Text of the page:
Emmanuel Macron is the man of the moment after beating Marine Le Pen in the first round of the French presidential election, and following Wednesday’s debate, he’s projected to get 60 per cent of the votes in the second.
Yet a year ago, few people outside of France had heard of him.
His rapid ascension, regardless of your views of the man, is impressive. Business leaders should take note – they could learn a lot from this political ingénue.
Here are six take-aways any chief executive would do well to consider:
Action over photo opportunities
Last week, he visited a factory and was heckled by a gaggle of Le Pen-supporting workers. Most politicians would have simply had their picture taken in front of a handpicked, carefully-vetted crowd. Instead, Macron engaged with the angry mob and debated with them.
As well as saying a lot about his character, his approach contains a lesson in how to grow your business and engage your staff and customers. If you want to understand and address their thoughts, concerns and fears, you have to actually talk to them (and listen) in the first place.
He understands the power of digital more than any of his rivals and has built his profile with it.
Macron is the social media king.
A lot of chief executives sit in an ivory tower when it comes to all things digital, allowing staff to do the grunt work so they don’t have to understand it.
If they embraced the transformational power of digital experiences, not only would they have a headstart on their contemporaries, but they’d increase visibility for themselves and their brand, and help boost the bottom line.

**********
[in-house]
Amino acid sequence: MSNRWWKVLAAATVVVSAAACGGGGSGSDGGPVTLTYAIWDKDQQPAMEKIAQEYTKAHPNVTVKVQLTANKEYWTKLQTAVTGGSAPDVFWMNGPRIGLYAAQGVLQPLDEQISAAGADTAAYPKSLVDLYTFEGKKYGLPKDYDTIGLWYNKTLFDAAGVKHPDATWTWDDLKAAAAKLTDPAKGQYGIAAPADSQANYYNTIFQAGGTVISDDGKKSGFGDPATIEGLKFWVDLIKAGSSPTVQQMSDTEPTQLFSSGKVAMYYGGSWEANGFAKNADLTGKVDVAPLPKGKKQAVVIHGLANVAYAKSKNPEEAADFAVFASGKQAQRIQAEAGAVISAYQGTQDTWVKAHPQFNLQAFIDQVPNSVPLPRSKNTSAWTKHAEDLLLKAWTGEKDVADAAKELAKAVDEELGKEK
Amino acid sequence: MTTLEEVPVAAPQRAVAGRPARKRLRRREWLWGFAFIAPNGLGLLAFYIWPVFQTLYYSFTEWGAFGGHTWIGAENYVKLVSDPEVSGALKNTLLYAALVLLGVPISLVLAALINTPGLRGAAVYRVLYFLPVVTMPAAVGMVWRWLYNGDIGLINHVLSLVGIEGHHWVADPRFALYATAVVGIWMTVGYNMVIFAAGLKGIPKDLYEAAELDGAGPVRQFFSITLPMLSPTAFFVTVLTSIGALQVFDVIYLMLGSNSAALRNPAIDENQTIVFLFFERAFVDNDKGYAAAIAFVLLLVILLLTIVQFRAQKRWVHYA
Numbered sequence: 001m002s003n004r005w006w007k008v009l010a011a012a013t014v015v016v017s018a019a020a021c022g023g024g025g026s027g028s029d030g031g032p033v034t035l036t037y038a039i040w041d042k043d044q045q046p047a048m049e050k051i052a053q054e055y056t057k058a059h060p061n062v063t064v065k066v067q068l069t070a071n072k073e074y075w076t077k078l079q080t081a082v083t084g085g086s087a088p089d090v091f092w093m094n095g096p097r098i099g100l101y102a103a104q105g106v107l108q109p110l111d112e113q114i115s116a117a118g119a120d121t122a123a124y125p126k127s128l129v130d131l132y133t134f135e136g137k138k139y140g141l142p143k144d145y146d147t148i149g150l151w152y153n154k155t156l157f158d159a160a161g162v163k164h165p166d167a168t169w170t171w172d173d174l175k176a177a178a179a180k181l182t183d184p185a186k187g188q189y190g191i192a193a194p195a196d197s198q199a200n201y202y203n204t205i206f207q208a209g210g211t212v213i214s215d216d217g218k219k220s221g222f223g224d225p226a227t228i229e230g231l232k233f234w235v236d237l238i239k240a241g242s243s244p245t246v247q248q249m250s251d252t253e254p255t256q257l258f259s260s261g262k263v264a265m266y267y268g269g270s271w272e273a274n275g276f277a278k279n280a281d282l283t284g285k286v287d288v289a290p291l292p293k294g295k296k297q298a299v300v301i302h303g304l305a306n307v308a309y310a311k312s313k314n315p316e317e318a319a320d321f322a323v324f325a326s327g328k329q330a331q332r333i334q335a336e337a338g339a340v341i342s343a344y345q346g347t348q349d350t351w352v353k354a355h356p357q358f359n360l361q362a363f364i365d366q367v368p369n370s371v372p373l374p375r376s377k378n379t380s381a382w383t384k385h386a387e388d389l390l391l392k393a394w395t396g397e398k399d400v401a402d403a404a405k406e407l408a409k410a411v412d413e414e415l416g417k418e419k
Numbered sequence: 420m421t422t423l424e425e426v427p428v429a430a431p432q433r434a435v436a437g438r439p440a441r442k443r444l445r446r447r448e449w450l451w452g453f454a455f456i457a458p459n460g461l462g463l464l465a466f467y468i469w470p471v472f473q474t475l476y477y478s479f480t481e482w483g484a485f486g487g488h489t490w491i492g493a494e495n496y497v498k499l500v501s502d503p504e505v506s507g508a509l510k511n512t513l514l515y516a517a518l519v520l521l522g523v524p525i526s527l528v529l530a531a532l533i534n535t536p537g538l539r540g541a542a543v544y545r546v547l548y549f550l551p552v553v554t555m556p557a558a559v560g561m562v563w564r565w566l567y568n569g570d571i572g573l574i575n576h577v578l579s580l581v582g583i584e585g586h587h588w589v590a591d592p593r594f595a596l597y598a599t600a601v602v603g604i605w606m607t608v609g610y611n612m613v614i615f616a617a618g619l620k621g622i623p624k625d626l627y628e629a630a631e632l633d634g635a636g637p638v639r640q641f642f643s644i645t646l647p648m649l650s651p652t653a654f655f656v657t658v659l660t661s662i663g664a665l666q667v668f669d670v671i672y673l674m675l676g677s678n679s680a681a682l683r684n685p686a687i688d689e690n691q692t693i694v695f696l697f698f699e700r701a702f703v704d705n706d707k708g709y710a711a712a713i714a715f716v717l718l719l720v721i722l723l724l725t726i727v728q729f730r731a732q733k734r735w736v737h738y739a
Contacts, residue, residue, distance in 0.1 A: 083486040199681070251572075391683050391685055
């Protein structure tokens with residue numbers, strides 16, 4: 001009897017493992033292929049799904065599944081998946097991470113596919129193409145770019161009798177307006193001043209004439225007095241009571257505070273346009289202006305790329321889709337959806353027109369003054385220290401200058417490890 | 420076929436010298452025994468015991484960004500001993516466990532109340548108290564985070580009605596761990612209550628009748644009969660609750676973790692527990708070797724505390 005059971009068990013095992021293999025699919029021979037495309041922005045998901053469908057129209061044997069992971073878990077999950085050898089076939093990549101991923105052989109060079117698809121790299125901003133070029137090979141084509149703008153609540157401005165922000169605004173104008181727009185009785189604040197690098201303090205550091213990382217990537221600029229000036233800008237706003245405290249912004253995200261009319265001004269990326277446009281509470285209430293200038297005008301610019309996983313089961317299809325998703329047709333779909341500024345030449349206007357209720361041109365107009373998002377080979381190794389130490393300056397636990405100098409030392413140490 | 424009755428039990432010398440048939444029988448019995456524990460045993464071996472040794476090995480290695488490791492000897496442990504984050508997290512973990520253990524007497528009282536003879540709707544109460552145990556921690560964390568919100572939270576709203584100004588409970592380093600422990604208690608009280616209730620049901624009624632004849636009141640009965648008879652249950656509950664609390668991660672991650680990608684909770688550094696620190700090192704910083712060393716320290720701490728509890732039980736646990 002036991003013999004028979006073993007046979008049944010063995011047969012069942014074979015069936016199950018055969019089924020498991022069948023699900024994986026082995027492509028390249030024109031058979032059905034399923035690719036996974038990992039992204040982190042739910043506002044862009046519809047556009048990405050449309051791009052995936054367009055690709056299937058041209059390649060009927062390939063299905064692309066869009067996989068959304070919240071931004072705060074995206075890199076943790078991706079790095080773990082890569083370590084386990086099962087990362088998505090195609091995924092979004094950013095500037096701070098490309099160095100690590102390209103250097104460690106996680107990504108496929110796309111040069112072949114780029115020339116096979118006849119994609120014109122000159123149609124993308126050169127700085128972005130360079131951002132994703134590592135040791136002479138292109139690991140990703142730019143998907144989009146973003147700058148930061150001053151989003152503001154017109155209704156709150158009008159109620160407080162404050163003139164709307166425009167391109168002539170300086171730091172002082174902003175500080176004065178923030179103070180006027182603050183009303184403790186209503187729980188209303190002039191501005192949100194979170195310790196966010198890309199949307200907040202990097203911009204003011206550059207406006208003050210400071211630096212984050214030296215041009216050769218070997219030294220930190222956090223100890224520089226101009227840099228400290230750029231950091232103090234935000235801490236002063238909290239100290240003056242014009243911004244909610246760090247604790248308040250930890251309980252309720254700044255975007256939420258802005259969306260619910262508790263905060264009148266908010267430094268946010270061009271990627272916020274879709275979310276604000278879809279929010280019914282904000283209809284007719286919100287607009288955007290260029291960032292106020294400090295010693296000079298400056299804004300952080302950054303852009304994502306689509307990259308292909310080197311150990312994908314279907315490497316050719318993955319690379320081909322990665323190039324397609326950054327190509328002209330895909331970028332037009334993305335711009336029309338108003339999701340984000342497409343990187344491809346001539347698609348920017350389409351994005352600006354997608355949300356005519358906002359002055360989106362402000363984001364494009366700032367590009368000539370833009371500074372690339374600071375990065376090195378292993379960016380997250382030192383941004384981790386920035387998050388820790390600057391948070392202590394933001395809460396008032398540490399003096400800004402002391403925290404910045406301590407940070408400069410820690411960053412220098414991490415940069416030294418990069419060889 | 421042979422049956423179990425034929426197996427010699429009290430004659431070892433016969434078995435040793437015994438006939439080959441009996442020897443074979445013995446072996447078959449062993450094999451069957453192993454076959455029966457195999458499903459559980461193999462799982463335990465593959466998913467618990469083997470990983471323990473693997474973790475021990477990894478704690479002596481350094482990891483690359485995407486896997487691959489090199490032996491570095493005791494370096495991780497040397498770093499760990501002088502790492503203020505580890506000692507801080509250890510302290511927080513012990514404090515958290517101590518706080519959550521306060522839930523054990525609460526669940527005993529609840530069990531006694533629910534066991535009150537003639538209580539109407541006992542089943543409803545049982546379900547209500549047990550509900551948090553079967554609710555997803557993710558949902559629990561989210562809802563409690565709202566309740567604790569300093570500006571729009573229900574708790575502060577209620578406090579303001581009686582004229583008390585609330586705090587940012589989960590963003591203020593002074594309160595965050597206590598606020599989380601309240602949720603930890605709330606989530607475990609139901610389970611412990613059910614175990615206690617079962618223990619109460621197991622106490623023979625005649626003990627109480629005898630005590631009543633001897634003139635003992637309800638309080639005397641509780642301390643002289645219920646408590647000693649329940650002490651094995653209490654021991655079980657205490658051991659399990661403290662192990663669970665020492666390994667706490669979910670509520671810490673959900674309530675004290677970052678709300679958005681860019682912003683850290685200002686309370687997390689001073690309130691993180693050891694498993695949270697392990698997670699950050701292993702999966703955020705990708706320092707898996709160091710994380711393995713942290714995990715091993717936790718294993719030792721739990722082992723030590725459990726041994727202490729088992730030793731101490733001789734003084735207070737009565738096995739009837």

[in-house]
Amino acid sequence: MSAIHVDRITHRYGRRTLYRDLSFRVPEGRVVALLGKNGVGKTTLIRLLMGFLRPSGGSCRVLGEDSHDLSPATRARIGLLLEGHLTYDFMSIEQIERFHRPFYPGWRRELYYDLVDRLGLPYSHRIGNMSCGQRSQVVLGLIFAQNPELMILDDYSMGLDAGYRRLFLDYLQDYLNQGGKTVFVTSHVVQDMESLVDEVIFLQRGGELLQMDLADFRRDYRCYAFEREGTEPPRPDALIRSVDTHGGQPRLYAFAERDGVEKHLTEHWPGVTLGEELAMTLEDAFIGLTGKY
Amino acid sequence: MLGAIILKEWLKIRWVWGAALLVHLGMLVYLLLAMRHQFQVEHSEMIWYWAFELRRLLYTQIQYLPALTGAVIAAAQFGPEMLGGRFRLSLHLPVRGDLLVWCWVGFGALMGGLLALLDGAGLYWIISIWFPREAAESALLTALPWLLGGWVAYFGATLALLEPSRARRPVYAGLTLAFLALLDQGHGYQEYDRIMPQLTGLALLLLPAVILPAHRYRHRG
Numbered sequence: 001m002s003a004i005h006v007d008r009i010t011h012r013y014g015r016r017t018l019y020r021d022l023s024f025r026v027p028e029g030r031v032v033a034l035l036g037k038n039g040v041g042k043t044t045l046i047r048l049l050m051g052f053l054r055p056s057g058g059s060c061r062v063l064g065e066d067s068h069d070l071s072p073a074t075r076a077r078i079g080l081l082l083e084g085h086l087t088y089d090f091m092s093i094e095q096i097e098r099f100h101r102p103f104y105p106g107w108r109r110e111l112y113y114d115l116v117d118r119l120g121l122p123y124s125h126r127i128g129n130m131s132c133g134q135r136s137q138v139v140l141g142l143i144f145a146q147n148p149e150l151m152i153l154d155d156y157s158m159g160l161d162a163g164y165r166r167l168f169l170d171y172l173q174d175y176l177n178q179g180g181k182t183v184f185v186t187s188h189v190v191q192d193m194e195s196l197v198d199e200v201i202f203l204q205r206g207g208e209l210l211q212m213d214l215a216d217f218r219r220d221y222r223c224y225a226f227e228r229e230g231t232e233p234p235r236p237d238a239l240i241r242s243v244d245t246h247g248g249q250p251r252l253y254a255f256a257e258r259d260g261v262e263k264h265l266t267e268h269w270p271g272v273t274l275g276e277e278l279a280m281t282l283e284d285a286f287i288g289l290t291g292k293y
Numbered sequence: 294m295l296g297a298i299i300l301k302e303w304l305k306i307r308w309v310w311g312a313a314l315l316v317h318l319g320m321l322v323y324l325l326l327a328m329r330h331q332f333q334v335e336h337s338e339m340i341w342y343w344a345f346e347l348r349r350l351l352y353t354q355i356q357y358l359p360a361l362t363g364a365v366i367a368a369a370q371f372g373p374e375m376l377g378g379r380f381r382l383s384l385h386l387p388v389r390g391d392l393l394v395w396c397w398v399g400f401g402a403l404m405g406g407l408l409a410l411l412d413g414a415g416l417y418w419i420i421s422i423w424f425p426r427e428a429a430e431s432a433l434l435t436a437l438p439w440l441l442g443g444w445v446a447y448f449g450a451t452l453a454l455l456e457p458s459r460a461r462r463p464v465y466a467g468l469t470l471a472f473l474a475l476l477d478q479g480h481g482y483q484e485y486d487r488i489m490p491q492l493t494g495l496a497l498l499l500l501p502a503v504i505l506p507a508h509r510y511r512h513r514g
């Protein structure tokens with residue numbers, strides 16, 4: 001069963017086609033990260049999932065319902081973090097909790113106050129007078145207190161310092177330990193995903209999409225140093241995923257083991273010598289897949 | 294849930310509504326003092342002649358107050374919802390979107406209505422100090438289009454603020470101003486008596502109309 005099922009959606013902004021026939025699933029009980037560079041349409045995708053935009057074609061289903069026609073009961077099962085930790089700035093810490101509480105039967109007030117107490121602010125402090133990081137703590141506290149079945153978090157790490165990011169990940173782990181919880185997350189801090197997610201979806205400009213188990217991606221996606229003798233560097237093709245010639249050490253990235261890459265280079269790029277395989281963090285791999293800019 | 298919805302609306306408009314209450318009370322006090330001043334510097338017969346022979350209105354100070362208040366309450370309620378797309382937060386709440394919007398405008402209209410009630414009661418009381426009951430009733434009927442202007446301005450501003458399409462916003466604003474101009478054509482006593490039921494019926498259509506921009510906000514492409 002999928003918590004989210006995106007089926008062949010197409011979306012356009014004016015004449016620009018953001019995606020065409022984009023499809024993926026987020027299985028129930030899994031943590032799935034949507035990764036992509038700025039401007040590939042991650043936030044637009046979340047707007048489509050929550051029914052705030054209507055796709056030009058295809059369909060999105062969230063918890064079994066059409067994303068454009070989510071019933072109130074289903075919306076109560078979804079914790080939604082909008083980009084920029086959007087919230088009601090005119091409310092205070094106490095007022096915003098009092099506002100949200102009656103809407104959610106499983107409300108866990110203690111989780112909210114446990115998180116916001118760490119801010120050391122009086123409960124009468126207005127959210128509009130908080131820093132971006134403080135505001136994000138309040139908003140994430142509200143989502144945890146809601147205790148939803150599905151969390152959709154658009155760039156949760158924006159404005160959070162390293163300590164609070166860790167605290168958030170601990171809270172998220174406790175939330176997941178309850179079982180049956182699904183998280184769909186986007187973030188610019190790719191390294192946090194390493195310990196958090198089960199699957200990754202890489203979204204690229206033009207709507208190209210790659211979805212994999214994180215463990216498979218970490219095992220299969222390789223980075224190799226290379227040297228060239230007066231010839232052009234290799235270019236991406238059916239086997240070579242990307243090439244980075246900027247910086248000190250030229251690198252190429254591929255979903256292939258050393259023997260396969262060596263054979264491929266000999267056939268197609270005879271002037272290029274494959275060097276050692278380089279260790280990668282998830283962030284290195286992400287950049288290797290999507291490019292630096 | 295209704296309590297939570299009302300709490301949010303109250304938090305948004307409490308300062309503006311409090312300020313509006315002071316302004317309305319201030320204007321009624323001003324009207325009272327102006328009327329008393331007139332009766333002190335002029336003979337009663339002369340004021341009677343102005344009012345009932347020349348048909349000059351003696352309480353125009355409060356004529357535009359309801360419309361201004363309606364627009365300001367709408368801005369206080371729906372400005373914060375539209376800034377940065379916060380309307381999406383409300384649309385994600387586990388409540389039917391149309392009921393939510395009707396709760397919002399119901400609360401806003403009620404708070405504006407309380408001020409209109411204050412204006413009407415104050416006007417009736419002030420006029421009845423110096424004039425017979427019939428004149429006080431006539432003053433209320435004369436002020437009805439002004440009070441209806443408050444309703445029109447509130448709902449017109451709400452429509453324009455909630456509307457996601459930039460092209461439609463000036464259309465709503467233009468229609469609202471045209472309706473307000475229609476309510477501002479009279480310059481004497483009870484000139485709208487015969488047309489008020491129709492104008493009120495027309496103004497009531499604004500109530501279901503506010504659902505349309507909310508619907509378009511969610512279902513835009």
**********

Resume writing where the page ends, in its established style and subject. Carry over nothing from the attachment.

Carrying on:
Think outside the box
Macron realised most French people were sick to their baguettes of politics and politicians, and so created his En Marche! party from scratch, with its simple mantra of change. Crucially, it’s not a traditional party, but a movement. People wanted something different – et voila.
It proves a scorched earth approach can be the most likely to bear fruit, and breaking with tradition can be a winning formula.
His social media presence is massively engaging younger voters. The movement’s virgin birth also means it has no baggage – no previous scandals to cover up or old policies to flip flop on.
It shows what you can achieve if you build from the grassroots up, and how you should – and could – be reaching out to customers who aren’t being catered for.
Calm in the face of adversity
Macron has skilfully deflected brickbats from every direction, not least for having an older partner. When even the Russians are trying to undermine you, you know you’re doing something right.
But he’s taken it all on the chin. Rolling with the punches and keeping the calmest of exteriors is as vital in business as it is in politics.
Cultured and clever
A millionaire former investment banker who went to the École nationale d’administration doesn’t exactly scream “man of the people.” But his erudite past – a voracious consumer of arts, literature and popular culture – has led him to be described by peers as having an “Olympic” intelligence.
Having such a breadth of knowledge outside of politics makes him a more rounded person, giving him a broader outlook and a mind for creative solutions that broaden the political debate.
If business leaders could adopt just some of his lessons, perhaps Britain will be in better shape to navigate Brexit. After all, if he wins, the young europhile is unlikely to give us an easy ride – so it might pay to think like him.
Chris Pearce is chief executive at TMW Unlimited.